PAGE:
McDonald’s stores in Malaysia have been forced to deny customers large portions of chips due to a global shortage of frozen French fries. The lack of spuds means the fast-food giant is exploring ‘new distribution channels’ in a bid to return the popular item to their menu.
Fast Food/Quick Service Restaurants
As we’ve seen over the past month, the global supply crisis and other factors have taken a huge toll on the supply of potatoes scheduled for the thousands of McDonald’s locations in Japan. Now even convenience stores are getting in on the action with Ministop announcing the Bucket Potato, which boasts three times the regular amount of their X Fried Potatoes for 641 yen.
The NThe National Potato Council and KFC in Kenya have identified the Markies potato variety that farmers in that country can now grow to supply the US-based fast-food chain with locally sourced French fries. The National Potato Council said KFC agreed in a meeting last week to have local farmers plant the Markies variety to cut overreliance on imports.
As we approached the end of last year, fast food fans were hit by the news of a French fry shortage in Japan which has most notably affected the chain McDonald’s. For a week the restaurant limited sales to only small-size orders of fries, which are called “Mac Fry Potato” in Japan. At the time, the rationing was attributed to delays caused by the ongoing global supply chain crisis as well as large-scale flooding in British Columbia, Canada, where the potatoes are imported from.
As Miriam Berger reports in an article for The Washington Post, a number of popular items, including marmite and cream cheese, have faced scarcities amid supply chain disruptions wrought by the coronavirus pandemic and extreme weather. Potatoes are the latest to join the list, becoming unevenly available in some countries and fast-food chains because of a confluence of factors.
Fast food chain KFC has suffered a shortage of French fries at its outlets in Kenya following delays in delivery from its overseas suppliers, forcing it to offer customers alternative food items in place of French fries. The company at first said it does not source potatoes for fries from local suppliers due to ‘global quality standards’, but then said on Tuesday this might happen ‘in the near future’.
McDonald’s put medium and large servings of french fries back on its Japanese menu Friday after flying in much-needed supplies, ending a weeklong restriction caused by shortages that have stymied the nation’s food industry. While the restriction has been lifted for now, there is concern that McDonald’s could limit serving sizes once again, depending on inventory levels.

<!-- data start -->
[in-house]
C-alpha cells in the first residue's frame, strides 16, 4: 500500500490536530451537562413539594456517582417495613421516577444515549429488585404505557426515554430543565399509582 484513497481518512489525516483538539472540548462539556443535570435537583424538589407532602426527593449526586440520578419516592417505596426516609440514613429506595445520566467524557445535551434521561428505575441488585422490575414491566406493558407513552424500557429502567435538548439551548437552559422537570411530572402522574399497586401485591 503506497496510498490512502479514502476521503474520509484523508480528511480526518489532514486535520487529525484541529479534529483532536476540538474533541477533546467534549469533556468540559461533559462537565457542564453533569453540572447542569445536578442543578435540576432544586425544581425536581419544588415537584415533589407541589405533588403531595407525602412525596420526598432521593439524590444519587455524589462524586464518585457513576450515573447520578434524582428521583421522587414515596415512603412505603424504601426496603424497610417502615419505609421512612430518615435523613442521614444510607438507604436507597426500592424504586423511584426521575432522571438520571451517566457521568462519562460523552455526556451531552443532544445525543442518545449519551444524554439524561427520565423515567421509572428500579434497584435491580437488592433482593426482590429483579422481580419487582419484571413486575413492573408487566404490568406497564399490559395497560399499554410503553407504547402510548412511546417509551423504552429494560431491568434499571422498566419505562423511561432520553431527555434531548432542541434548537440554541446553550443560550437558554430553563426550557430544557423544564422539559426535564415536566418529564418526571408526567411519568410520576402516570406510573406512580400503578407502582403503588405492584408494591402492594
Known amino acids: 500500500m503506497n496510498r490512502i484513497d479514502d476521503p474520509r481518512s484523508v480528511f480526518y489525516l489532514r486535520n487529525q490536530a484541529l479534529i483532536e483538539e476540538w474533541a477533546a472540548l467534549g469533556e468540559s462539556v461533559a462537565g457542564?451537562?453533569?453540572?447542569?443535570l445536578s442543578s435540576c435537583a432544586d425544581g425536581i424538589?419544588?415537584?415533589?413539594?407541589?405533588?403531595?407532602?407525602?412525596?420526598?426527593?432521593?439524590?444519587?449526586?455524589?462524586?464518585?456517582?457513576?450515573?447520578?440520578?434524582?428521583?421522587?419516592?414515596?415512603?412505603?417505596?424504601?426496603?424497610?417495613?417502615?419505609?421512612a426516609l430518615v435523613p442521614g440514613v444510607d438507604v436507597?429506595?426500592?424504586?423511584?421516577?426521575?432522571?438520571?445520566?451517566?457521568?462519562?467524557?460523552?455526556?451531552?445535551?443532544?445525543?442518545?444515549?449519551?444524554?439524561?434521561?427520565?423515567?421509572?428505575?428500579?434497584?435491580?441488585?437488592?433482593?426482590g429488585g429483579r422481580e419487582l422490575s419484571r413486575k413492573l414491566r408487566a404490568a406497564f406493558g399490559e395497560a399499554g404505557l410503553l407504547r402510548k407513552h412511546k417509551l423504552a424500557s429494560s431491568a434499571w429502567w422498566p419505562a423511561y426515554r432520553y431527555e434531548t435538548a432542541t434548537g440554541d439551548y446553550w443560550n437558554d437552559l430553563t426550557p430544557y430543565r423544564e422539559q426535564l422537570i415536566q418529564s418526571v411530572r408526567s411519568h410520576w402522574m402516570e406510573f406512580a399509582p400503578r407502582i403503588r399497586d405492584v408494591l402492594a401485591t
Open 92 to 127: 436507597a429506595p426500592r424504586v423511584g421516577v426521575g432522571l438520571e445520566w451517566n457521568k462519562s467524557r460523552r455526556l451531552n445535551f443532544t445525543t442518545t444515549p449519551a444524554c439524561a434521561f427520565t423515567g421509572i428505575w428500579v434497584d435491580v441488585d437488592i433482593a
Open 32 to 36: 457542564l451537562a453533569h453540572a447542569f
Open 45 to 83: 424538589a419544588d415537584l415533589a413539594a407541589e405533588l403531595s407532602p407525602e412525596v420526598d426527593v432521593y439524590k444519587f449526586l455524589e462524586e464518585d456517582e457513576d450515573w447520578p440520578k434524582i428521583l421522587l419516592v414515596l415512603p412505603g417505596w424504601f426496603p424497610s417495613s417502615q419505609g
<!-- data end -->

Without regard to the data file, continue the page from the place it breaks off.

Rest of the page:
Japan KFC Holdings announced on October 8 that Kentucky French fries and other potato products are temporarily suspended for sale. KFC says in the notice: “Currently, imports of goods are delayed due to the disruption of the global distribution network due to the effects of the new coronavirus infection. Therefore, ‘potato’ may be temporarily suspended at some stores.”
The Minister of State at the Department of Agriculture, Food and the Marine in Ireland, Senator Pippa Hackett, has welcomed a new initiative which is aimed at helping Irish potato growers get their produce into Irish chip shops. The Minister said: “Growing chipping potatoes is a specialist operation, and the market for them is valued at approximately €20 million per year. I think the Irish consumer, given the choice, will really appreciate businesses that support local growers.”
Mary Brown’s is showing it’s buds with those who make spuds, with a new campaign that champions Manitoba farmers. The QSR’s campaign draws attention to a fourth generation potato farmer – and Mary Brown’s supplier – Lyndon Thiessen and the love and care he puts into his crops.
What can possibly happen in 10 seconds? For Filipinos hooked to their mobile phones for more than 10 hours a day every day, 10 seconds is a lot. A new advertising concept will even shake things up in online consumer engagement as Potato Corner, the beloved “flavored fries,” brings its playful and fun flavors in a pioneering, never-before-seen storytelling adventure.